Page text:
Flow in the boundary layer under Arctic ice was measured in March 1970, in March-April 1971, and again in March-April 1972 using a number of specially designed four cm diameter current meters capable of resolving velocity component fluctuations up to five Hz. These meters were attached to instrument masts in orthogonal triplets at six or more depths beneath the ice. Mean and fluctuating velocity components were calculated for each of the instrument locations. The current field filtered with a 40 minute running average was found to be unsteady and to reflect the ice drift and wind velocities. During storms the 1971 data reveal a right-handed Ekman spiral to 16m. Below 16m the Ekman spiral sometimes continues in the proper direction and sometimes reverses. A steadier spiral is shown in the 1972 measurements. Turbulent intensities and Reynolds stresses, calculated from the fluctuating velocity field, generally reflect the structure of the density and mean velocity fields. The boundary layer examined in the 1972 experiment was unstable and downward flux of horizontal momentum was due primarily to brine driven convection.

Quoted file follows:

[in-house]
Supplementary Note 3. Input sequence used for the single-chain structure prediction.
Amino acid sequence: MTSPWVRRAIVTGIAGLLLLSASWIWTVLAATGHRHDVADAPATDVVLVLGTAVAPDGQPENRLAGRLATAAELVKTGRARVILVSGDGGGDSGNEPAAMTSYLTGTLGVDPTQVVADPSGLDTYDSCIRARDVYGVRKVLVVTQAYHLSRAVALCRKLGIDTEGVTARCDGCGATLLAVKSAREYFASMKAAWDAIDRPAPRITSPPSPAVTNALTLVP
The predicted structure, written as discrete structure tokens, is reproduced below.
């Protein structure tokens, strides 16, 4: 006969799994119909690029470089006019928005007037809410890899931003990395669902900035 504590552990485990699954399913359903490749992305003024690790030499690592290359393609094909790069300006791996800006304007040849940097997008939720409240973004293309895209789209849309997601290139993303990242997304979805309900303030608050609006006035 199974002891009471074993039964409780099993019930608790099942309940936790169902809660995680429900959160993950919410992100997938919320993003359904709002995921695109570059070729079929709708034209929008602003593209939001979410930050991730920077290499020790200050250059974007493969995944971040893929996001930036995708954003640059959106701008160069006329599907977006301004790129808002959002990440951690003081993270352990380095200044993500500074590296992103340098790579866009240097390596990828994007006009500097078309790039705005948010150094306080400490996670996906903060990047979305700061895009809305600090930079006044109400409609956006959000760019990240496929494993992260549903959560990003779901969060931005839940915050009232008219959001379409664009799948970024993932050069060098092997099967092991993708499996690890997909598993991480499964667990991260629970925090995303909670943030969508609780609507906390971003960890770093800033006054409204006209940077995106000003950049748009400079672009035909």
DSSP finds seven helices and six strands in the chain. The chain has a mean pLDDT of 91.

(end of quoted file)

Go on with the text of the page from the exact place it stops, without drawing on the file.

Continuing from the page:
• Corporate Authors:

    University of Washington, Seattle

    Department of Oceanography
    Seattle, WA  United States  98195
  • Authors:
    • Smith, J D
  • Publication Date: 1975-2

Media Info

  • Pagination: 46 p.

Subject/Index Terms

Filing Info

  • Accession Number: 00098237
  • Record Type: Publication
  • Source Agency: National Technical Information Service
  • Report/Paper Numbers: TR-13 Tech Rpt., Ref-M75-28
  • Contract Numbers: N00014-67-A0103-0021
  • Files: TRIS
  • Created Date: Jul 29 1975 12:00AM